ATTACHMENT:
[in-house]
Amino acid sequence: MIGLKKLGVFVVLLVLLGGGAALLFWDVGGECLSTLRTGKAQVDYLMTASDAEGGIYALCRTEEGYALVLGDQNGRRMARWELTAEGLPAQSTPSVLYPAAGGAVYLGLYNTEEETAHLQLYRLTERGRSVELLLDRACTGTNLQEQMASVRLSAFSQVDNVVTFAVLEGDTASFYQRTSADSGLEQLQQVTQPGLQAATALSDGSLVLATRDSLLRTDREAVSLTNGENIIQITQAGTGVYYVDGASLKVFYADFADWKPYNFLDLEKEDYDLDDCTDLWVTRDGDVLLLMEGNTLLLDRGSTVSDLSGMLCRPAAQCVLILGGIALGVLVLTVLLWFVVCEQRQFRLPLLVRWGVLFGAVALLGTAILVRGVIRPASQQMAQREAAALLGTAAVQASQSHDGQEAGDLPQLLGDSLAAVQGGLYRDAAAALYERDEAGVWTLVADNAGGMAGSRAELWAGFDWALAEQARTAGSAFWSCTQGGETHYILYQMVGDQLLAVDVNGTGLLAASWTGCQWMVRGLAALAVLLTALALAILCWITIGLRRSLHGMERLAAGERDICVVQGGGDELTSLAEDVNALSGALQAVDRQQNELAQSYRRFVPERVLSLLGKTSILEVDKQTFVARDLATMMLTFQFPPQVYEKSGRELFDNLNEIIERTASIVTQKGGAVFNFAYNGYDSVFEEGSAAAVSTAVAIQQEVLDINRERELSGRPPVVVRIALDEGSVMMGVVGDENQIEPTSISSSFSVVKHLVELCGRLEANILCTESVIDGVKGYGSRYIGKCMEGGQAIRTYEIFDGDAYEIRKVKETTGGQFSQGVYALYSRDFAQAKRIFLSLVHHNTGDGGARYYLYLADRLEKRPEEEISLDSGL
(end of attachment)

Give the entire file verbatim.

[in-house]
Amino acid sequence: MIGLKKLGVFVVLLVLLGGGAALLFWDVGGECLSTLRTGKAQVDYLMTASDAEGGIYALCRTEEGYALVLGDQNGRRMARWELTAEGLPAQSTPSVLYPAAGGAVYLGLYNTEEETAHLQLYRLTERGRSVELLLDRACTGTNLQEQMASVRLSAFSQVDNVVTFAVLEGDTASFYQRTSADSGLEQLQQVTQPGLQAATALSDGSLVLATRDSLLRTDREAVSLTNGENIIQITQAGTGVYYVDGASLKVFYADFADWKPYNFLDLEKEDYDLDDCTDLWVTRDGDVLLLMEGNTLLLDRGSTVSDLSGMLCRPAAQCVLILGGIALGVLVLTVLLWFVVCEQRQFRLPLLVRWGVLFGAVALLGTAILVRGVIRPASQQMAQREAAALLGTAAVQASQSHDGQEAGDLPQLLGDSLAAVQGGLYRDAAAALYERDEAGVWTLVADNAGGMAGSRAELWAGFDWALAEQARTAGSAFWSCTQGGETHYILYQMVGDQLLAVDVNGTGLLAASWTGCQWMVRGLAALAVLLTALALAILCWITIGLRRSLHGMERLAAGERDICVVQGGGDELTSLAEDVNALSGALQAVDRQQNELAQSYRRFVPERVLSLLGKTSILEVDKQTFVARDLATMMLTFQFPPQVYEKSGRELFDNLNEIIERTASIVTQKGGAVFNFAYNGYDSVFEEGSAAAVSTAVAIQQEVLDINRERELSGRPPVVVRIALDEGSVMMGVVGDENQIEPTSISSSFSVVKHLVELCGRLEANILCTESVIDGVKGYGSRYIGKCMEGGQAIRTYEIFDGDAYEIRKVKETTGGQFSQGVYALYSRDFAQAKRIFLSLVHHNTGDGGARYYLYLADRLEKRPEEEISLDSGL